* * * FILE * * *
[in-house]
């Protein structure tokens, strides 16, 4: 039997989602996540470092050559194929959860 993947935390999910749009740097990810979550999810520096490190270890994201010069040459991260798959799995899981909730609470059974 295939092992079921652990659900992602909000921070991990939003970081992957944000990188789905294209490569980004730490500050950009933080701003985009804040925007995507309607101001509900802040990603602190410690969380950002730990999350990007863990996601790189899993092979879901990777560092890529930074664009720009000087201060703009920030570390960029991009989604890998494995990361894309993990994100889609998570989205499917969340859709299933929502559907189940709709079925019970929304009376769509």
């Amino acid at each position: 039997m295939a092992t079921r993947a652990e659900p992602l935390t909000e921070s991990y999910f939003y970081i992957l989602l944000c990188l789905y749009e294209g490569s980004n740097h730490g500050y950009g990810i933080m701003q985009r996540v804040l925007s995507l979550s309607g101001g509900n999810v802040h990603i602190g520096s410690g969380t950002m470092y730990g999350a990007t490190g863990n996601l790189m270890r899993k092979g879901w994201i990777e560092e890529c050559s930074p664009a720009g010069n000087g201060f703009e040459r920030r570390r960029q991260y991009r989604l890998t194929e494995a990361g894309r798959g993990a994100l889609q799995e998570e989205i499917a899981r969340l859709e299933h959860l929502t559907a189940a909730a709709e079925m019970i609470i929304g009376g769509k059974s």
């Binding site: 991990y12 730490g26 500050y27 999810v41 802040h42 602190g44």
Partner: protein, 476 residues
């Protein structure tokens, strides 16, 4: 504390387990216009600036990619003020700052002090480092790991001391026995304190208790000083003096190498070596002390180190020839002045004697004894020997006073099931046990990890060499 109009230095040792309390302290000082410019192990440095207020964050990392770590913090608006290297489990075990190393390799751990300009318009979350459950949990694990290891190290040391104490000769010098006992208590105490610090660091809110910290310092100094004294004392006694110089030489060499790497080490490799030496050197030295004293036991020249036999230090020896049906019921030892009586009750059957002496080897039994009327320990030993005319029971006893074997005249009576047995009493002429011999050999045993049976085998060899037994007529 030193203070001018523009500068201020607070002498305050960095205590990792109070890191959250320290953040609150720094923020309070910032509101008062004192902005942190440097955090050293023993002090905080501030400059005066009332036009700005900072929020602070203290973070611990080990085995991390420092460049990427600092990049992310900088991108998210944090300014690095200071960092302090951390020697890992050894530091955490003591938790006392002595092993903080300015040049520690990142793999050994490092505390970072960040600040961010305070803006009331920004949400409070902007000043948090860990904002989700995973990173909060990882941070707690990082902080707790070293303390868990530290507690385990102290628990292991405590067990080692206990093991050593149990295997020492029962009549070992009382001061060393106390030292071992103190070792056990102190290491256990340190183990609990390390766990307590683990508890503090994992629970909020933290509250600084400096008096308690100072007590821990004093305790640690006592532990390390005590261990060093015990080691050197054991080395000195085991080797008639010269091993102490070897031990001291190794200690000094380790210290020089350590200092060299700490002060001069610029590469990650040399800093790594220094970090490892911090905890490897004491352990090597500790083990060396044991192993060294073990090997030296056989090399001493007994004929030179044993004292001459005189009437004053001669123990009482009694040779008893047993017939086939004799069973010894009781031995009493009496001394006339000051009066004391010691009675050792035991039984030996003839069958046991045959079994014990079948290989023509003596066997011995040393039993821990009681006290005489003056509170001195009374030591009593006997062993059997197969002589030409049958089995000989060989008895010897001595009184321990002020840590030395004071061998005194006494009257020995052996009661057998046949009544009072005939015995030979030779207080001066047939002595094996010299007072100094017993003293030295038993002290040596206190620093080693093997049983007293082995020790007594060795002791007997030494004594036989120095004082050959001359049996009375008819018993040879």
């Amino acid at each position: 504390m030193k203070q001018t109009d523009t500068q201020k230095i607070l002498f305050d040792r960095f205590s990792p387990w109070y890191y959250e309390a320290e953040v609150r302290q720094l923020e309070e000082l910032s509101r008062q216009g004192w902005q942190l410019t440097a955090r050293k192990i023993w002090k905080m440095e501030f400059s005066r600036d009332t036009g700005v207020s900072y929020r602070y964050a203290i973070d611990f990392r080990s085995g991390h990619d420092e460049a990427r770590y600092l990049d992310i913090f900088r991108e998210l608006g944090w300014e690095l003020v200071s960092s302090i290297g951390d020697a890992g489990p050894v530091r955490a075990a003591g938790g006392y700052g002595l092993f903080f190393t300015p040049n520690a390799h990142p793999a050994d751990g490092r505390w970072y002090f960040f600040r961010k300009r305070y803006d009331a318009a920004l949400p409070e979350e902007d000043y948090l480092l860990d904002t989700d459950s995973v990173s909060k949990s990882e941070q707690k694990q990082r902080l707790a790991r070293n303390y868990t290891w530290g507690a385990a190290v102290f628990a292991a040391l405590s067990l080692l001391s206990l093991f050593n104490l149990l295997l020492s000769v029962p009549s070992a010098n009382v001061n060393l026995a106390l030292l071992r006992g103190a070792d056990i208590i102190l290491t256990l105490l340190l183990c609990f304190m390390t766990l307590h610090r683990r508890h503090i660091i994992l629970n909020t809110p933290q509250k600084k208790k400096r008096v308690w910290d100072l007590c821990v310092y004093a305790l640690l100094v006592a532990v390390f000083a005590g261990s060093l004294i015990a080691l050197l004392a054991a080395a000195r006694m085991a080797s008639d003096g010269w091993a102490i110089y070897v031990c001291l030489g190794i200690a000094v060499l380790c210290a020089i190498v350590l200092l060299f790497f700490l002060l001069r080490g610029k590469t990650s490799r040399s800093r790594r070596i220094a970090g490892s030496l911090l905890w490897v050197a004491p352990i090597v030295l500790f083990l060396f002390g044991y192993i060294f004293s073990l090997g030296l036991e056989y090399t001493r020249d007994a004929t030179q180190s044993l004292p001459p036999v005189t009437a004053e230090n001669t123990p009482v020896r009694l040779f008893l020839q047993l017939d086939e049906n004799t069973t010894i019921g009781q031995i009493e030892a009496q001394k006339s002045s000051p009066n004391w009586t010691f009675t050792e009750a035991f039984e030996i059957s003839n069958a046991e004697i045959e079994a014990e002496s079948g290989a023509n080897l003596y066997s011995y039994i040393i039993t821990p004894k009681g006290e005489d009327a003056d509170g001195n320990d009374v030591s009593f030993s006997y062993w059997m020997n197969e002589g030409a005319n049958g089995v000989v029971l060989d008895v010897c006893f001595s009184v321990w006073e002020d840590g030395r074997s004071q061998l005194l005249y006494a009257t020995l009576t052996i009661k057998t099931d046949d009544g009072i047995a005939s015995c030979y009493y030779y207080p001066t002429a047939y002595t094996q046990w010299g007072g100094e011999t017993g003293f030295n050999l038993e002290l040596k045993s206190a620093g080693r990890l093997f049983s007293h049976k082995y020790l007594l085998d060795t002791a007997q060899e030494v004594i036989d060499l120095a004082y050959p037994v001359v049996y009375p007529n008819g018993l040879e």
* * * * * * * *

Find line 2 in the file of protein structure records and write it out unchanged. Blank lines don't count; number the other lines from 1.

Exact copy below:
């Protein structure tokens, strides 16, 4: 039997989602996540470092050559194929959860 993947935390999910749009740097990810979550999810520096490190270890994201010069040459991260798959799995899981909730609470059974 295939092992079921652990659900992602909000921070991990939003970081992957944000990188789905294209490569980004730490500050950009933080701003985009804040925007995507309607101001509900802040990603602190410690969380950002730990999350990007863990996601790189899993092979879901990777560092890529930074664009720009000087201060703009920030570390960029991009989604890998494995990361894309993990994100889609998570989205499917969340859709299933929502559907189940709709079925019970929304009376769509």